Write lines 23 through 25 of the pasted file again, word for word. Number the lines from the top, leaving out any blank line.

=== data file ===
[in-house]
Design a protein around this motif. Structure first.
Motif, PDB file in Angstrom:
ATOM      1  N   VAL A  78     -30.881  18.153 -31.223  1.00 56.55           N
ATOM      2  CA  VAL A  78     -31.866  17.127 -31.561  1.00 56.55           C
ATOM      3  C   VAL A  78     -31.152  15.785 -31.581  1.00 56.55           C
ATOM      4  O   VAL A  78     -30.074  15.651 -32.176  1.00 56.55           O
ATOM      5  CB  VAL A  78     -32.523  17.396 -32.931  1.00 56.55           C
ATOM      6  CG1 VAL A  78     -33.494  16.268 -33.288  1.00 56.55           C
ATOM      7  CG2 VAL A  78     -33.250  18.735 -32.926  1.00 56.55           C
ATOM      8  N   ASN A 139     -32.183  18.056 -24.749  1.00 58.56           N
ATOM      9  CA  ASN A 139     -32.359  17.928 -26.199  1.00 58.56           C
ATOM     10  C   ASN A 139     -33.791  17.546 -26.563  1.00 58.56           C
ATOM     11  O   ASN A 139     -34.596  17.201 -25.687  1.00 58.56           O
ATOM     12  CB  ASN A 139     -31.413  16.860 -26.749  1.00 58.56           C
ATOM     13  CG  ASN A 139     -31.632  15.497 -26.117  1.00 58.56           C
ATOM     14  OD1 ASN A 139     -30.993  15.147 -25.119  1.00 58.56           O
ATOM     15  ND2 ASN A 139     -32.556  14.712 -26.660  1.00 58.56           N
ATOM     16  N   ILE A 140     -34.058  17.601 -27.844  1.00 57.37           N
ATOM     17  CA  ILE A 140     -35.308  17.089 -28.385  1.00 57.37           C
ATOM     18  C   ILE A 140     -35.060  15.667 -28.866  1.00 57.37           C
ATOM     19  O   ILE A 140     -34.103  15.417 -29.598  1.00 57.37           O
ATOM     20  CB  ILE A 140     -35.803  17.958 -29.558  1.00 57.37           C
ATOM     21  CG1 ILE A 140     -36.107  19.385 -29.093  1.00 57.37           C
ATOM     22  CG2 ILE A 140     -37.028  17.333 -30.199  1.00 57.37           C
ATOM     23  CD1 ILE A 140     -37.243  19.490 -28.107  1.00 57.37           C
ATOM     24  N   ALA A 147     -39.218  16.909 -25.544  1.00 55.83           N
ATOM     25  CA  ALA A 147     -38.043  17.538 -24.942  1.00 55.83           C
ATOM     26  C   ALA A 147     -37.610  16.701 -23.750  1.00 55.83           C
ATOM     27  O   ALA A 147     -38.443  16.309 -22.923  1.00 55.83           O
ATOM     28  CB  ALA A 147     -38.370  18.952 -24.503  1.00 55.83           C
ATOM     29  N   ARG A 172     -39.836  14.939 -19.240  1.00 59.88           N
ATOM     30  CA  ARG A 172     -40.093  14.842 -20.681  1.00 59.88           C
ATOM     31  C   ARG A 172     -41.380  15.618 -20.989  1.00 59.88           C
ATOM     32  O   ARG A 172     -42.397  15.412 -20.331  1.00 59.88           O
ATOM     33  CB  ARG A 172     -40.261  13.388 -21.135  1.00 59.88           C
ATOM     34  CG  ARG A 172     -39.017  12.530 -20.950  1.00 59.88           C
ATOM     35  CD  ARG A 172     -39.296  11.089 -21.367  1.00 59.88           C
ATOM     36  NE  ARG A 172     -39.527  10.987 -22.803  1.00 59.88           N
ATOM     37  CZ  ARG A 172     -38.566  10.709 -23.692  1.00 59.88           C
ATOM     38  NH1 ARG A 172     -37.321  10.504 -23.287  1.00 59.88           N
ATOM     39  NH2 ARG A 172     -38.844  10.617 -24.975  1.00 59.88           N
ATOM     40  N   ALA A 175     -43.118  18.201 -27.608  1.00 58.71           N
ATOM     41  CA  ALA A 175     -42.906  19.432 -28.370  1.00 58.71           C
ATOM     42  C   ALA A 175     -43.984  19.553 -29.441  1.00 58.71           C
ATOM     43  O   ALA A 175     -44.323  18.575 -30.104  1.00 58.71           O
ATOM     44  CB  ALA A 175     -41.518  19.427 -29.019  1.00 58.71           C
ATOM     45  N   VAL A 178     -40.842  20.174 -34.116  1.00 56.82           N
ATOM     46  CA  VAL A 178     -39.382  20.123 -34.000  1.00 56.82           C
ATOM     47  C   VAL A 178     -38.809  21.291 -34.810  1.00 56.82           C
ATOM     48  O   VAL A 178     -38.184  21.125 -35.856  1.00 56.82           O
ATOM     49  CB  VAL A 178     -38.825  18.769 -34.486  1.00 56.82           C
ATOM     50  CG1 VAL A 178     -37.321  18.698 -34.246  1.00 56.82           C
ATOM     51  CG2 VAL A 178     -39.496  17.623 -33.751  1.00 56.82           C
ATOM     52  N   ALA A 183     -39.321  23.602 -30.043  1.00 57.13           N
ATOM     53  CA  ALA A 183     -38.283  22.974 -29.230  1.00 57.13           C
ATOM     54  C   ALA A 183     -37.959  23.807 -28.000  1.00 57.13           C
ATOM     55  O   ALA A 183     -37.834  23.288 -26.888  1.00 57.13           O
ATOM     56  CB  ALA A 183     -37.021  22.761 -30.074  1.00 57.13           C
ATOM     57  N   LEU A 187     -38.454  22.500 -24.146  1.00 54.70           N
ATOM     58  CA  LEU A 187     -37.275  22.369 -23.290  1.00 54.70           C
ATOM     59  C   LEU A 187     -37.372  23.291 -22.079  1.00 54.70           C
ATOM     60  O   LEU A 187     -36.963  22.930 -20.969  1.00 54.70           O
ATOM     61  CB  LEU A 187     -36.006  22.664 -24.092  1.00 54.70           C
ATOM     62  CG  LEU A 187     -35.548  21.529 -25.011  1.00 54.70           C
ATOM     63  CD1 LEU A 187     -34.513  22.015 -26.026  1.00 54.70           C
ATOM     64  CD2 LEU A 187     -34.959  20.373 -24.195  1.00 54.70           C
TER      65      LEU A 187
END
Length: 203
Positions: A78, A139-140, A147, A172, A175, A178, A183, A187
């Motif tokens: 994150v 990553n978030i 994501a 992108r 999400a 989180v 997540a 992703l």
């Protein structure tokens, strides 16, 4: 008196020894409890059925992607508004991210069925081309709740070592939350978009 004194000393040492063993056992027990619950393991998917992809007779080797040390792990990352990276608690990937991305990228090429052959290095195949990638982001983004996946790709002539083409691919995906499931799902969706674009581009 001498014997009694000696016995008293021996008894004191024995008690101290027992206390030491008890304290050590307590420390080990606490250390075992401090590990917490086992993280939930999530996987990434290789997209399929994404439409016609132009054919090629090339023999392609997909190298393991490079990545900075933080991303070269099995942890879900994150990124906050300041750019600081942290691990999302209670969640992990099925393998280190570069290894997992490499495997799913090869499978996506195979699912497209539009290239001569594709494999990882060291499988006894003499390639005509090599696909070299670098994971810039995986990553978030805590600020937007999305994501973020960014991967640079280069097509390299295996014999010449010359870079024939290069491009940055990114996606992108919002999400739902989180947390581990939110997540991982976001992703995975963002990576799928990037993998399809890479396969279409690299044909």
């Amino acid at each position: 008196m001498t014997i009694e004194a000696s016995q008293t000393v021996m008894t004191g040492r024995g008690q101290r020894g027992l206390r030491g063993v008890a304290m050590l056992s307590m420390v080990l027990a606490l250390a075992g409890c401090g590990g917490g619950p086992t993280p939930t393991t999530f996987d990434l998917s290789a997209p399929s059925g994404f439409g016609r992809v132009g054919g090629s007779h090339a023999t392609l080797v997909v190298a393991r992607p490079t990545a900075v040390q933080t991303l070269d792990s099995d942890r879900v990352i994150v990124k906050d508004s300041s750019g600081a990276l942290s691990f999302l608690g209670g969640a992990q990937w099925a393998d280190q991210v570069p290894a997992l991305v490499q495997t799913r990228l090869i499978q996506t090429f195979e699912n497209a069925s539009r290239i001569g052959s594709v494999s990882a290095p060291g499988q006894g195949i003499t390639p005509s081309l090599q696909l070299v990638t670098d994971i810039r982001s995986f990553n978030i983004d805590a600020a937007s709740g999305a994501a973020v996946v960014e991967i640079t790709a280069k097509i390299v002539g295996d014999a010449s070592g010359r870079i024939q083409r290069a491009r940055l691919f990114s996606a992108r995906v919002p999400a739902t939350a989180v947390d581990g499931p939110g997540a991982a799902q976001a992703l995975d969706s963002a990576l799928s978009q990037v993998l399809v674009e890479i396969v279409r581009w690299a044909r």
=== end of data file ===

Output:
ATOM     20  CB  ILE A 140     -35.803  17.958 -29.558  1.00 57.37           C
ATOM     21  CG1 ILE A 140     -36.107  19.385 -29.093  1.00 57.37           C
ATOM     22  CG2 ILE A 140     -37.028  17.333 -30.199  1.00 57.37           C